Primary tabs

All the magic of modern computing technology, from the smartphone in your pocket to the laptop you may be reading this on, exists thanks to the semiconductor chip. These tiny pieces of silicon contain a collection of electronic circuits, which manipulate electric current in order to store and transfer data. However, the electrons that generate electric current can only move so fast across a chip. Even though electrons are miniscule subatomic particles that weigh almost nothing and can move very quickly in a vacuum, the speed of a transmitted electric signal tends to be only a few hundredths of an inch per second. This relatively slow movement limits the performance of today’s computer processors—but if we could find a way to transport data faster, we could break the barrier of electron movement and make computers way more powerful.

What’s faster than an electron, you may ask? Well, the fastest thing we know of is the speed of light, which travels more than a hundred thousand MILES per second. What if we could harness the speed of light in our computer technology? That’s what a team of researchers at Berkeley, MIT, and the University of Colorado Boulder are trying to achieve, and their new work published in Nature Letters has introduced a silicon chip system that utilizes both electronics and laser light to execute complex computer programs. The result is a major step toward the large-scale manufacturing of light-driven microprocessors, which may be the next computing revolution.



Efforts to create a chip like this in the past have faced a number of challenges, the main one being that it’s extremely hard to combine components for manipulating both electrons and light beams on the same chip. Scientists and engineers have worked to develop special fabrication processes to achieve this purpose, but those processes aren’t very compatible with the standard processes used at a microelectronics foundry where semiconductor chips are made.

This latest study adopts a different approach: the researchers attempted to devise new optical components that could be fabricated using the current foundry processes. Their design consists of a layer of crystalline silicon, into which positively charged ions have been implanted to form a thin layer of metal oxide which separates it from the silicon wafer support material. The top crystalline layer contains an intricate pattern of transistors and structures for guiding light waves, while the bottom layer is etched away underneath each optical structure so that none of the light is lost by leaking out into the silicon.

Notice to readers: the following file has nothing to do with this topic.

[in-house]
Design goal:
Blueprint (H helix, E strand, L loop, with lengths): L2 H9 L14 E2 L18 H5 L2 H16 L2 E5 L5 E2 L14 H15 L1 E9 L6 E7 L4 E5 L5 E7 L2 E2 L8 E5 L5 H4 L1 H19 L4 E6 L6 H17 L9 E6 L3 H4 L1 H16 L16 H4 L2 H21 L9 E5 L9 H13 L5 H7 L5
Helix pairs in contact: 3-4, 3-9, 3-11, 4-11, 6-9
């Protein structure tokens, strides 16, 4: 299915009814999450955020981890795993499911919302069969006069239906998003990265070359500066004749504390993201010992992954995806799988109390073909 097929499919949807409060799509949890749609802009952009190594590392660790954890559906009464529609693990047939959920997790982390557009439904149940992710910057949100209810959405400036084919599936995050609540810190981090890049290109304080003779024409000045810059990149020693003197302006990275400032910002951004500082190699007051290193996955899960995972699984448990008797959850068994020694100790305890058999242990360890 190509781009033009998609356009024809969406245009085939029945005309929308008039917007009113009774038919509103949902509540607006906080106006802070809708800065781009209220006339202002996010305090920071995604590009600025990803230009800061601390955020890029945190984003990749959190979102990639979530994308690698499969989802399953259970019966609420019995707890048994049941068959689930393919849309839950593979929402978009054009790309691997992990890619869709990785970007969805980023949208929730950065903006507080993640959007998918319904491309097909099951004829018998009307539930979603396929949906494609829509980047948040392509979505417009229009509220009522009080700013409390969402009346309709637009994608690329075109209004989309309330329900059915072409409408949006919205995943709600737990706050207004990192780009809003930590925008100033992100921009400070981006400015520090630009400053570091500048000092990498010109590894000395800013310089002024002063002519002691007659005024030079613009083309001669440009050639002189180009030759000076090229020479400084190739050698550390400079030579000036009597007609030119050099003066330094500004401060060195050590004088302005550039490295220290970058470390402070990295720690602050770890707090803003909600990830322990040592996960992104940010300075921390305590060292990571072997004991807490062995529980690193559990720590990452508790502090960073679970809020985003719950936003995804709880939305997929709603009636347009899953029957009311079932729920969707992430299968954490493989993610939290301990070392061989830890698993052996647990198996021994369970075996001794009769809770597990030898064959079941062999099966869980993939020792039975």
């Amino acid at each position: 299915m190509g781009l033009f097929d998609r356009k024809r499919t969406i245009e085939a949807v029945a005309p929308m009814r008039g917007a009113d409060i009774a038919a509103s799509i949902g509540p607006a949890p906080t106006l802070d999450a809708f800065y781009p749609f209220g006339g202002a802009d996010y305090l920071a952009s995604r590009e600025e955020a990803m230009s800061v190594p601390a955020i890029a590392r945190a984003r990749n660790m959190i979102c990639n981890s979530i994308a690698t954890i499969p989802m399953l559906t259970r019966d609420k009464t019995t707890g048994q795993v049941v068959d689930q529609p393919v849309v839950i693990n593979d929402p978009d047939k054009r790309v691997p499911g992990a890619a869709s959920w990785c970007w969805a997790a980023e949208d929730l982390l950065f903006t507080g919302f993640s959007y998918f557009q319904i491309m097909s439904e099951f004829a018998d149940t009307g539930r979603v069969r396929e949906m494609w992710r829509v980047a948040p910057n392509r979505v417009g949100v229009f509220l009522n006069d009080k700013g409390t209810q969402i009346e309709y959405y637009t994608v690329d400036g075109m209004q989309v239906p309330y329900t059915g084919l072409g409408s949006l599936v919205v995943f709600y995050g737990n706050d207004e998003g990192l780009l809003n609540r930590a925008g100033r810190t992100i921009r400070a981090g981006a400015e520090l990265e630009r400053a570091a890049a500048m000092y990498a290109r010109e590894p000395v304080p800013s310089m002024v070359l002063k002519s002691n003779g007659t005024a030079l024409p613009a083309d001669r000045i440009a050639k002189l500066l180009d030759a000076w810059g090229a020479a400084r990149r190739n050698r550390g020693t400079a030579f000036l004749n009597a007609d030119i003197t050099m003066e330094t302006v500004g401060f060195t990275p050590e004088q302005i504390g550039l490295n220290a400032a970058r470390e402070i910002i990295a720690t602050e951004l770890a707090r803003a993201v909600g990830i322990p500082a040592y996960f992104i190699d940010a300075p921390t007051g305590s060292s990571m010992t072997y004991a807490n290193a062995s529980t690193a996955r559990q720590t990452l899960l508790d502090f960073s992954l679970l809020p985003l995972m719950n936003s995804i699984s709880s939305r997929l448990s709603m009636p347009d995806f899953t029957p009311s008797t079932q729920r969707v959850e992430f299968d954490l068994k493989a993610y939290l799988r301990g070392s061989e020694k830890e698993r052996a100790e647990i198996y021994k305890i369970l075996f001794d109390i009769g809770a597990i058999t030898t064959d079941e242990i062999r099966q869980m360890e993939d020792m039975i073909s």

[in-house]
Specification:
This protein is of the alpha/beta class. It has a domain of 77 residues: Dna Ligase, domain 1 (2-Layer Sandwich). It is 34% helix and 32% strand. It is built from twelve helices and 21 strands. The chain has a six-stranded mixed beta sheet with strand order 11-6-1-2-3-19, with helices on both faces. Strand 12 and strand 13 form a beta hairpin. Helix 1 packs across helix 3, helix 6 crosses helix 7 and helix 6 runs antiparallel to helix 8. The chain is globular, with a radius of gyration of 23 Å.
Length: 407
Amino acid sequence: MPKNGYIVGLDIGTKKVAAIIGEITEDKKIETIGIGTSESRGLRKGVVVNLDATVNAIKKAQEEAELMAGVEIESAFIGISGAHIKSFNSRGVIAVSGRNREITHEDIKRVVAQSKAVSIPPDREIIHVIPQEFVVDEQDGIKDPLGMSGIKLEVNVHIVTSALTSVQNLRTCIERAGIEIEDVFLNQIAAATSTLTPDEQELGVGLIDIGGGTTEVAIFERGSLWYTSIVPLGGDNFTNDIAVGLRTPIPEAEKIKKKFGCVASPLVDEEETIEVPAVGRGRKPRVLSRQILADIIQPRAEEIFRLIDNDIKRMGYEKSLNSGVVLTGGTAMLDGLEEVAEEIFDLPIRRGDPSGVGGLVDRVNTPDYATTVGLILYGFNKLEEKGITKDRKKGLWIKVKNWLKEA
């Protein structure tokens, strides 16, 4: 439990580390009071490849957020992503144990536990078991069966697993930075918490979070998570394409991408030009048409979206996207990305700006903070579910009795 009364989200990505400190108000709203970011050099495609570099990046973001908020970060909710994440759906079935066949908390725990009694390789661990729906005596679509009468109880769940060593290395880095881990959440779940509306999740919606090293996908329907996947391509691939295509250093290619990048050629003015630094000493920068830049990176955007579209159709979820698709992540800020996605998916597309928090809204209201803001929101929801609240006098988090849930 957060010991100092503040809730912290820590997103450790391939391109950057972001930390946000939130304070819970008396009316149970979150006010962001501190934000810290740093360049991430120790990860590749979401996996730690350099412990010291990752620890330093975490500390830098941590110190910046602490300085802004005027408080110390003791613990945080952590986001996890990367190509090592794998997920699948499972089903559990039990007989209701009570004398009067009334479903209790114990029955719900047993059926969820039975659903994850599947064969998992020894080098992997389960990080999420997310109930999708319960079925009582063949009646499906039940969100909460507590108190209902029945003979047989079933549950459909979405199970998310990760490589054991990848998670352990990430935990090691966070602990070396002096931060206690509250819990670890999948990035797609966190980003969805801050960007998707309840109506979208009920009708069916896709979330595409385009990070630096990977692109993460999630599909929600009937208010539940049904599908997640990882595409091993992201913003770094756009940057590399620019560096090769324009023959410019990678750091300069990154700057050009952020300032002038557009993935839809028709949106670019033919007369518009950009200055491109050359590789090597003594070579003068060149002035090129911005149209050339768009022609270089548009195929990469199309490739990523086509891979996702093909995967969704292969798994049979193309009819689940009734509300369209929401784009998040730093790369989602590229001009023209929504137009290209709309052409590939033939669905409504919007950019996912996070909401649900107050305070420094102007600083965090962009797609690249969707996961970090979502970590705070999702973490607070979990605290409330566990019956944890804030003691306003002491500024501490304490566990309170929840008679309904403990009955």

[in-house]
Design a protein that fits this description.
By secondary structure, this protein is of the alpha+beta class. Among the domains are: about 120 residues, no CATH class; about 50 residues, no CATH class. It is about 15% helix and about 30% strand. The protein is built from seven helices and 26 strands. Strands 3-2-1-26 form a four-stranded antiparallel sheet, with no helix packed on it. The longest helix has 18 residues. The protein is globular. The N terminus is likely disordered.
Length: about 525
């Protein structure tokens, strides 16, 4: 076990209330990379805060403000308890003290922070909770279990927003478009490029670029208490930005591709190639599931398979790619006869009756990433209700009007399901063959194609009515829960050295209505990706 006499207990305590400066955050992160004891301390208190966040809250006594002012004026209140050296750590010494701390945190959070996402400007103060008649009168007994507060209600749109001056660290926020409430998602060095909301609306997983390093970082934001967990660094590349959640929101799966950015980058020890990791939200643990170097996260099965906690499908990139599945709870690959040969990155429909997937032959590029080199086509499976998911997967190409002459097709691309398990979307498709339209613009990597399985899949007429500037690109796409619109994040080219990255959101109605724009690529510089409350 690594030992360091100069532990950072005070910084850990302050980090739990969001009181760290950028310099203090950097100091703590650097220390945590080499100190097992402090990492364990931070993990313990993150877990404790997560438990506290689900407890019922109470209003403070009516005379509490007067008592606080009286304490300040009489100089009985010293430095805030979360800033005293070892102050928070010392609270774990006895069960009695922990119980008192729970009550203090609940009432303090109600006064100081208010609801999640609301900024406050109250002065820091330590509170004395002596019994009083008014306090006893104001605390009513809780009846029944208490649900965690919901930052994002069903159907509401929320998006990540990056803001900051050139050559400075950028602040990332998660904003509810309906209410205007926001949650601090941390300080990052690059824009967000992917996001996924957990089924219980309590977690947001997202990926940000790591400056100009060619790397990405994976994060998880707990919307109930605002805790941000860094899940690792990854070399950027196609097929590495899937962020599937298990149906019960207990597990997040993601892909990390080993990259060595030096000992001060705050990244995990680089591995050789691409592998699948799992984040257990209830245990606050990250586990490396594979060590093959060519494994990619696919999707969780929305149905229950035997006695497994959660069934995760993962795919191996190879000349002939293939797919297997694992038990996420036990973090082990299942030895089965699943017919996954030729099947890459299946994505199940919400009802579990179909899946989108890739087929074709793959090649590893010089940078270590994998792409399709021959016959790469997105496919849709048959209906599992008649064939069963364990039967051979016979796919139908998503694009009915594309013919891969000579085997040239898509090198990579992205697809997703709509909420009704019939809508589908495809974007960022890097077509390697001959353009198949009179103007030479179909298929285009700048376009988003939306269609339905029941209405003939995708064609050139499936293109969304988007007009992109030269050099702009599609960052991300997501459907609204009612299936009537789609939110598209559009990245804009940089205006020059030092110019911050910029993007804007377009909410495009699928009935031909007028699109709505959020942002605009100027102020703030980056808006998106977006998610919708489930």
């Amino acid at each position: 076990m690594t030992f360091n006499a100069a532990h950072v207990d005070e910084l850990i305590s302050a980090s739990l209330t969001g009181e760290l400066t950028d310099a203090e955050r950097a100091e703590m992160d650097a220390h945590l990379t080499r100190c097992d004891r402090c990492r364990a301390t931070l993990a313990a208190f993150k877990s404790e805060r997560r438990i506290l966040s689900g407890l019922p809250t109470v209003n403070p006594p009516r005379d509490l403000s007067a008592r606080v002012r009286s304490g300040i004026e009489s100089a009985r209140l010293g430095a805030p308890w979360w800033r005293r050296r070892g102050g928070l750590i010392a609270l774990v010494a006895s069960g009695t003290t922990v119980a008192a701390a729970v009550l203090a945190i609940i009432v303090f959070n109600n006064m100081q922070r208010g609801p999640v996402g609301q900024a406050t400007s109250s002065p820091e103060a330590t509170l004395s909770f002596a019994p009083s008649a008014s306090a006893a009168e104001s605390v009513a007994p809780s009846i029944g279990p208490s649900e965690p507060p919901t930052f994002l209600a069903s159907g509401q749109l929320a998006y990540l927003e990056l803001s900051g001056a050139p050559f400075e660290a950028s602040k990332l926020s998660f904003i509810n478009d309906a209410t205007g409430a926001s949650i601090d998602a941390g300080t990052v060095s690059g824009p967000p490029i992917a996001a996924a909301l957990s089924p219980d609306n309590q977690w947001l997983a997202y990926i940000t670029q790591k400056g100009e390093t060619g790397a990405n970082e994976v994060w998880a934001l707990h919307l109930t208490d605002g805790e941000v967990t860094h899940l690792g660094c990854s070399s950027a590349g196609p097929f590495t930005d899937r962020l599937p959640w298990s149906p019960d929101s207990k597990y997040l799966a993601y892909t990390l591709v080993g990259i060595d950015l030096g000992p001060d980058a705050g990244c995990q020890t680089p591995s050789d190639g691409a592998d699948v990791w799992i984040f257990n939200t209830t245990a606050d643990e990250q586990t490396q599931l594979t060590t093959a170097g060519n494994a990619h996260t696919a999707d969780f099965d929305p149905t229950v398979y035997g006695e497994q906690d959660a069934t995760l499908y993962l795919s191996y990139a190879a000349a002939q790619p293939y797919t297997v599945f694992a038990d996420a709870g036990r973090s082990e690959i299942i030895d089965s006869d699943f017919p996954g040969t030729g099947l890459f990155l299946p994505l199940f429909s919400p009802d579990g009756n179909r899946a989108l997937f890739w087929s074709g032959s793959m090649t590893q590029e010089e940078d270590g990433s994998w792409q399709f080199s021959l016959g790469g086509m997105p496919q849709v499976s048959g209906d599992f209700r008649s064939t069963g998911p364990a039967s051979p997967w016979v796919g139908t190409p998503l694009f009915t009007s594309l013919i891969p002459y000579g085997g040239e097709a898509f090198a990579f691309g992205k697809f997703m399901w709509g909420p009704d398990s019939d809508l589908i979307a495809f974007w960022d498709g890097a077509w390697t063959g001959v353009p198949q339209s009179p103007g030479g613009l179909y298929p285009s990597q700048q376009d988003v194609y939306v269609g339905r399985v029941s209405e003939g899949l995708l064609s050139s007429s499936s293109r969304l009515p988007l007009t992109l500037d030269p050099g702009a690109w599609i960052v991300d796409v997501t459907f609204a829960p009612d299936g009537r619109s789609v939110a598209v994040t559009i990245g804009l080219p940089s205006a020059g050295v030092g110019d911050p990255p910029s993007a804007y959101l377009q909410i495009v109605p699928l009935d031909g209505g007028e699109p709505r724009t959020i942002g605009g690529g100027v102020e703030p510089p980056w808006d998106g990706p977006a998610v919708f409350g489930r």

In order to transmit laser light and electric current between different chips, a special ring-shaped system takes in an electronic voltage signal from the first chip and converts it to a light signal that can be directed to the second chip some distance away. This works because the electrons entering the system as a result of the voltage change cause refraction in the ring, which changes its wavelength—light can get through only when the wavelength matches that of the laser. With this setup, the researchers can move data along a series of chips using only light, and without requiring any electronic connection between them.

The control and manipulation of lasers is exciting, but does it really work? The scientists utilized the laser-connection capability of their chips to hook one chip up to a second chip serving as a 1 MB memory system. Then they ran computer programs on it—both the programmer’s standard “Hello World” script, which simply prints those two words as output, and a more complicated three-dimensional rendering program that returns a picture of a teapot. Both programs were executed flawlessly with a maximum processor speed of 1.6 Gigahertz, comparable to many modern desktop computers. When the system was operated in optical mode, the laser light could transfer data at a dizzying speed of 2.5 gigabytes per second, twice the speed of the fastest wireless connection around today!

Although this exciting breakthrough is still only demonstrated with a tiny device, enabling the integration of optics into electronics on a larger scale would be a huge advance for modern computing technology. For one thing, the addition of light to the mix opens up infinite possibilities for new integrated circuit designs, perhaps more complex and efficient than any we have seen before. The supercomputer Deep Thought in Douglas Adams’s The Hitchhiker’s Guide to the Galaxy took 7.5 million years to calculate the meaning of life…equipped with the speed of light, maybe we can shave that processing time down a bit.

Top image: Eight Major Steps to Semiconductor Fabrication, Part 6: The Addition of Electrical Properties (CC BY-NC-SA 2.0)


Chen Sun, Mark T. Wade, Yunsup Lee, Jason S. Orcutt, Luca Alloatti et al. Single-chip microprocessor that communicates directly using light. Nature 528 (2015), 534-538.

Jing Chen, Xi Wang, Yemin Dong, Xiang Wang, Wanbing Yi, Zhihong Zheng, Zixin Lin. The formation of thick buried oxide layers using ion implantation from water plasma. Thin Solid Films 472 (2005), 309-316.

“Circuits and the Speed of Light: Chapter 14 – Transmission Lines.” All About Circuits. (accessed 7 Dec 2016).

Yang, Sarah. Engineers demo first processor that uses light for ultrafast communications. Berkeley News. (accessed 7 Dec 2016).

Mica's picture

Mica Smith, PhD

Mica Smith attended Western Washington University in Bellingham, Washington from 2007 to 2011, and graduated cum laude with a Bachelor of Science in chemistry with a minor in Physics. She then went on to the Ph.D. program at the College of Chemistry at the University of California, Berkeley, where she investigated the physical chemical origin of oxygen isotope distribution in atmospheric ozone and explored the properties of nitrous oxide generated in a corona discharge lightning simulator. Read More

No comment

Leave a Response